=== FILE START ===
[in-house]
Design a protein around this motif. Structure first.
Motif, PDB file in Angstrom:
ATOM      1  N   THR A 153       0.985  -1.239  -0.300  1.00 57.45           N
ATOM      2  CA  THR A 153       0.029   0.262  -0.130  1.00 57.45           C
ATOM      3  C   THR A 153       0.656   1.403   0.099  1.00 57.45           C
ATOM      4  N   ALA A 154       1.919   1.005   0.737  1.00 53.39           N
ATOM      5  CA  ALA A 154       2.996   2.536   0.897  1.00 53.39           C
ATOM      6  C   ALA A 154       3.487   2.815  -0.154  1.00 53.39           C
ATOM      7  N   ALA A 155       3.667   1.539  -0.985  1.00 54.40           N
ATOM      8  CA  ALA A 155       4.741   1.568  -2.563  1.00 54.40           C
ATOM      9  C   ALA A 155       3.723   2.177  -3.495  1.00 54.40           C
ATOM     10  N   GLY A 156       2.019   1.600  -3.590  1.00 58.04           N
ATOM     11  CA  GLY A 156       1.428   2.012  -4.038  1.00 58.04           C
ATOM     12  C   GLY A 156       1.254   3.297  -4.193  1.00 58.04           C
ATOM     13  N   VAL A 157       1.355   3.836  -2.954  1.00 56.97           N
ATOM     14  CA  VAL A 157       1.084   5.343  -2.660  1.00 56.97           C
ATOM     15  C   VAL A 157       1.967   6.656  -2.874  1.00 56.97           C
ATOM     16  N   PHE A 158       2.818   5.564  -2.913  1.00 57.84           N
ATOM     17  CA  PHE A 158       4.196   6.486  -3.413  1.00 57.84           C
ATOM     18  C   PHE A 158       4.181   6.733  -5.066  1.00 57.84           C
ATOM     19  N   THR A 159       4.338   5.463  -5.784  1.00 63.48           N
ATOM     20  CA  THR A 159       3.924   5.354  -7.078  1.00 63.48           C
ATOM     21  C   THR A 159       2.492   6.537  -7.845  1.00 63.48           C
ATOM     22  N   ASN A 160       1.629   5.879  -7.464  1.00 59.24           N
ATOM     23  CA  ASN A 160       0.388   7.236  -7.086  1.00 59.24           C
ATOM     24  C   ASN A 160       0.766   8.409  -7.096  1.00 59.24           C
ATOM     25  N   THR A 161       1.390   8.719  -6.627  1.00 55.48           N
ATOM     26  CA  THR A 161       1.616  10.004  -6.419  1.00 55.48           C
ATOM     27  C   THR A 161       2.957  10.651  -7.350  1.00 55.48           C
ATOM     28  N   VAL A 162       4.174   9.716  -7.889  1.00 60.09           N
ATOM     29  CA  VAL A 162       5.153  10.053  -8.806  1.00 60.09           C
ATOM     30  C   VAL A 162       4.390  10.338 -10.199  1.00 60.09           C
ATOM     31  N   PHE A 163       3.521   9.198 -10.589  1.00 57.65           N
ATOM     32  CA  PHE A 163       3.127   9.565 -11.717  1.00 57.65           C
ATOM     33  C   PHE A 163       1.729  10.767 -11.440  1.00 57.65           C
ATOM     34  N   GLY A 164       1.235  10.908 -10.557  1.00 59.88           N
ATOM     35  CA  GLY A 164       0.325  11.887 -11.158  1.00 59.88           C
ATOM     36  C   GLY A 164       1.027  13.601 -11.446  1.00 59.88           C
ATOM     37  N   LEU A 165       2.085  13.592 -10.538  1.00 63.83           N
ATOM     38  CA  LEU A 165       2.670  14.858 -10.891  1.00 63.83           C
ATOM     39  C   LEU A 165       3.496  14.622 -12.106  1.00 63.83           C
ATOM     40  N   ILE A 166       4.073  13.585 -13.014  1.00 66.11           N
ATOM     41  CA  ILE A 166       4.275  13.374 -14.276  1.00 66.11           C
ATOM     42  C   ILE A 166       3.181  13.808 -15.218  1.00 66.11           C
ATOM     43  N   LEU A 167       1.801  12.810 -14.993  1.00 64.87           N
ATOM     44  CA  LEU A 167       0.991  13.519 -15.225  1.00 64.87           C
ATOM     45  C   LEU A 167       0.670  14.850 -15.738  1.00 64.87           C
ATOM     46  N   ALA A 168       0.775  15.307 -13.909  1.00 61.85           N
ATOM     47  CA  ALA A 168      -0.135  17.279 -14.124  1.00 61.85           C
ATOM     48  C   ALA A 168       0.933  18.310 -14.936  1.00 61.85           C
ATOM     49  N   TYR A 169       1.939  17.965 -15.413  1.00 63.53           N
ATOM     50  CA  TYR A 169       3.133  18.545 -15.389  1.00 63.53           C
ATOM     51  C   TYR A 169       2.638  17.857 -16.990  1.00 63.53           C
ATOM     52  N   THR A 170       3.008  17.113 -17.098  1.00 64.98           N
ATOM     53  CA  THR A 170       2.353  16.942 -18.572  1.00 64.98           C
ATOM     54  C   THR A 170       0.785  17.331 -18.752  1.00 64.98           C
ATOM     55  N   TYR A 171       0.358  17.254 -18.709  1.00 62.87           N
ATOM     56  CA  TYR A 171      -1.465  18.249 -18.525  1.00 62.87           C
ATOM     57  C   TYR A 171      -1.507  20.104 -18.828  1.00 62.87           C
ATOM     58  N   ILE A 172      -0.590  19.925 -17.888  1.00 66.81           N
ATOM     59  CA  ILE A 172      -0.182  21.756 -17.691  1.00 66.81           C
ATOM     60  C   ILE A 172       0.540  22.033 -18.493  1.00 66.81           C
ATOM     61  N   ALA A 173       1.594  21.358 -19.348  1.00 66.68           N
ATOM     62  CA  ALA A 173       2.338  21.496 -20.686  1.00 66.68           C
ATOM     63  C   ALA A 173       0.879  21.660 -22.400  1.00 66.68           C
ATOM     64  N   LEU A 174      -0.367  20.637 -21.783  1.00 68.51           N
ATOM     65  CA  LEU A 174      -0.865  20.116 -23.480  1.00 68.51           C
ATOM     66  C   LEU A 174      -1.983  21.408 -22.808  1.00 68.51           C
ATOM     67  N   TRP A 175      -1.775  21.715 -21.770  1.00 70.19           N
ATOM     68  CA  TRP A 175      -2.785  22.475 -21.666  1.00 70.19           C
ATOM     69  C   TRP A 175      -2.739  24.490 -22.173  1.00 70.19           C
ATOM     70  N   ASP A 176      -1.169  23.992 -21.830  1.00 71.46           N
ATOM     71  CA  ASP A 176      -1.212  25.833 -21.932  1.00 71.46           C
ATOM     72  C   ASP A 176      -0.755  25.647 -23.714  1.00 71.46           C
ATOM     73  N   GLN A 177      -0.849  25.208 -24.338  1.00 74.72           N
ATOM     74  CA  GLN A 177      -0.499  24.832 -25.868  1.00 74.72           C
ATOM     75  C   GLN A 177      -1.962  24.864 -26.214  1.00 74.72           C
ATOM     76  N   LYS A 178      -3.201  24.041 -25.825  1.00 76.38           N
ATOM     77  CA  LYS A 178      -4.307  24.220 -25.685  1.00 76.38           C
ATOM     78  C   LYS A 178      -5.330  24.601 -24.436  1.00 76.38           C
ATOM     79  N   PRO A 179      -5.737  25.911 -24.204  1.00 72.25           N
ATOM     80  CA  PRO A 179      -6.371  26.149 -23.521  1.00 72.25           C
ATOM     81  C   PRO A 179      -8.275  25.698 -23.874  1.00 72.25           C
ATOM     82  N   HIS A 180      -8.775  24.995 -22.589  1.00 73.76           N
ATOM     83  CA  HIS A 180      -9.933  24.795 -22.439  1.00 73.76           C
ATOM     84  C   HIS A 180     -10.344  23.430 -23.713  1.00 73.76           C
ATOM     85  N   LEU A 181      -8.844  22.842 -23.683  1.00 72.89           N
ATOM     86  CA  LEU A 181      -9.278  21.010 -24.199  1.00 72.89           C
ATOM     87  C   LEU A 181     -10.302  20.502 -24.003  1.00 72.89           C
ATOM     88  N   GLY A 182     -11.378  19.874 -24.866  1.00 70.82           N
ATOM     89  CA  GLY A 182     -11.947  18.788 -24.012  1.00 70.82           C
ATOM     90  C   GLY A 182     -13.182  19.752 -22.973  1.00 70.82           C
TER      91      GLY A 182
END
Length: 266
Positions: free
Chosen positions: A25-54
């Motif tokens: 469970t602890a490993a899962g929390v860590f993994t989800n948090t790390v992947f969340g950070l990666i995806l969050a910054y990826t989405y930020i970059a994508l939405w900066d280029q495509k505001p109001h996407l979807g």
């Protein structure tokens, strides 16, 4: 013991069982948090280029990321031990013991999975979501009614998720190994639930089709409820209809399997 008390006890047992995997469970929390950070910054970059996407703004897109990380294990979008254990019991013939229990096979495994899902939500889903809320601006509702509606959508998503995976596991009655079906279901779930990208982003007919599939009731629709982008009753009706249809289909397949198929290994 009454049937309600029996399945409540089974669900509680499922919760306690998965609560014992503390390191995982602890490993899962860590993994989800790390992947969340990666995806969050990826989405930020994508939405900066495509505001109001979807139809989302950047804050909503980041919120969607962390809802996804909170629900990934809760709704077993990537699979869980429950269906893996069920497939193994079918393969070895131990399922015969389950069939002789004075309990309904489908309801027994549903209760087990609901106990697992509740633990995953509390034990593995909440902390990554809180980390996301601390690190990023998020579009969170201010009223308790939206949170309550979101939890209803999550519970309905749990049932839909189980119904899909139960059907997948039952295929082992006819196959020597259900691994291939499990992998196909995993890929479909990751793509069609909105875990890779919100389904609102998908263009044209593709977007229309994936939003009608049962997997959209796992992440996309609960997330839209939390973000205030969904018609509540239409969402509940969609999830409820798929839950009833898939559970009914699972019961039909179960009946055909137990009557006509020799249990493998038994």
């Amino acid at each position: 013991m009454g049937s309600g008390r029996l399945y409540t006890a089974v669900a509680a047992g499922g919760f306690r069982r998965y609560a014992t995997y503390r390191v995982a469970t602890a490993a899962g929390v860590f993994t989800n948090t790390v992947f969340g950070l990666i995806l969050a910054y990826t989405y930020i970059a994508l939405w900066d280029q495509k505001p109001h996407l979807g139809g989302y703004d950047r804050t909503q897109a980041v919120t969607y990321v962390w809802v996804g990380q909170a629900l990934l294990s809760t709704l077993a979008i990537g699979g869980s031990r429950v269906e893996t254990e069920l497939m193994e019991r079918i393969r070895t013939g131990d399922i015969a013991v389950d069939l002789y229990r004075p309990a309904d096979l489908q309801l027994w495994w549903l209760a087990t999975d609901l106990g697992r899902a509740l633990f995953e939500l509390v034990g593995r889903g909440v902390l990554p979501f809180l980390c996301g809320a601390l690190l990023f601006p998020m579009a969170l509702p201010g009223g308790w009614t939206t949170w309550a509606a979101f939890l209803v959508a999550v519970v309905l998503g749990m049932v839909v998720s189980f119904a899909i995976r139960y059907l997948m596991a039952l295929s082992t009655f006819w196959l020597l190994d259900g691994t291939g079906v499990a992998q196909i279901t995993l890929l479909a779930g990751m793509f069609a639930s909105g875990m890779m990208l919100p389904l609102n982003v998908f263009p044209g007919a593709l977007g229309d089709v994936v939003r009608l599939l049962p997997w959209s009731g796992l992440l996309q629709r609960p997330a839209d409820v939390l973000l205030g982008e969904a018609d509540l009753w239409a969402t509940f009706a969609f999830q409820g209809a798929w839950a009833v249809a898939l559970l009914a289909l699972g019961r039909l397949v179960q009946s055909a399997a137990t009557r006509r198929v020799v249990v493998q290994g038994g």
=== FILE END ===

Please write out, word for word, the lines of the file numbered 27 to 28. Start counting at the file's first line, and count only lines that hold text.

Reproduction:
ATOM     24  C   ASN A 160       0.766   8.409  -7.096  1.00 59.24           C
ATOM     25  N   THR A 161       1.390   8.719  -6.627  1.00 55.48           N